According to Oleksii Druzhynin, Lead Software Engineer, EPAM US, who identified this problem when the project first started and was the development lead for the solution, "We first tried solving the problem simply without neural networks, but nothing worked. Then we figured out how most types of neural networks work and taught them to do specific tasks. There are a lot of neural networks, but we were interested in those that process visual information."
Originally, we tested five neural networks and now, we settled on two. They analyze each frame and every bit of sound. When there’s a significant change in color or tone, the networks react, predicting the end of an ad and switching to another block of ads. For now, the network that determines transitions between ads is more accurate than the one that predicts the end of an ad. Together, these neural networks produce a 90% success rate. We also created a bot that can watch television and independently distinguish the content.
Everyone who worked on this project tested neural networks and different algorithms, connecting and synchronizing components. While the idea was born in California, the project engaged 70 engineers across several EPAM locations.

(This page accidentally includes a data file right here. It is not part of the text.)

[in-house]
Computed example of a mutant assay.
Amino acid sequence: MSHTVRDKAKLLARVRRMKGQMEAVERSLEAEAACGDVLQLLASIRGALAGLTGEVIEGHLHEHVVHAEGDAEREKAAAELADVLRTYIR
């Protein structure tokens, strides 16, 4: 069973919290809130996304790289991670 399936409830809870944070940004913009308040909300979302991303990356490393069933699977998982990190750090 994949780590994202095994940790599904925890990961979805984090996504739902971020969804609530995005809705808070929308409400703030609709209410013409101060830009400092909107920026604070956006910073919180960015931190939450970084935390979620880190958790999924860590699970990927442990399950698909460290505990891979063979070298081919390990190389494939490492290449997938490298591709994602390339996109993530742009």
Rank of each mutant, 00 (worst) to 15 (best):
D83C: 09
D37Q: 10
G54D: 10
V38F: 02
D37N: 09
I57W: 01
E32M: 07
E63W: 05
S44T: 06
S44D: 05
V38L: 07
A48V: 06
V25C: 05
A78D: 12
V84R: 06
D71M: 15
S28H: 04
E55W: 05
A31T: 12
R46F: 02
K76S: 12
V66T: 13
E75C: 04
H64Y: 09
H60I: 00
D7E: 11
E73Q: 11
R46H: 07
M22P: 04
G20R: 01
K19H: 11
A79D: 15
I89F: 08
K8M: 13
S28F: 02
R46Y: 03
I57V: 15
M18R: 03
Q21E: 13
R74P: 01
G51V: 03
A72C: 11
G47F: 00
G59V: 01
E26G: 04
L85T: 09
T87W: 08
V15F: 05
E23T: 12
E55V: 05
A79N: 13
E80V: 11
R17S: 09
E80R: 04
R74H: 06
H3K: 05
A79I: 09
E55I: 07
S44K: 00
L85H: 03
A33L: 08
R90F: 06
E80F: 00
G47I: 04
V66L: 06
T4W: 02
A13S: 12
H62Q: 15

As a result, we created a great MVP that not only determines changes in ads, but is a universal solution for any task related to determining changes in video content, including potential video search solutions. It’s not just limited to ads; it could be used for a TV show with different scenes and settings, data from video cameras or digitized old movies that do not have metadata about the content of the video sequence.
Overall, this project led our team to better understand the need for open source code, as it would have helped with more complex aspects of the project. With the constant project changes and complexity of the solution, looping in new engineers and working with the open source community would have led to greater visibility of our project and would have attracted engineers who were interested in using their expertise by conducting regular checks for code reliability.
It all started with a question about how we could apply cutting-edge technologies to solve a very common challenge for the media and entertainment industry while collaborating with a large video content supplier. When traditional approaches didn’t work as efficiently as they needed to, our team turned to building a solution on neural networks and machine learning. Not only did we work together to figure out how we could improve the original concept, but we created a universal product that can be leveraged many video content companies.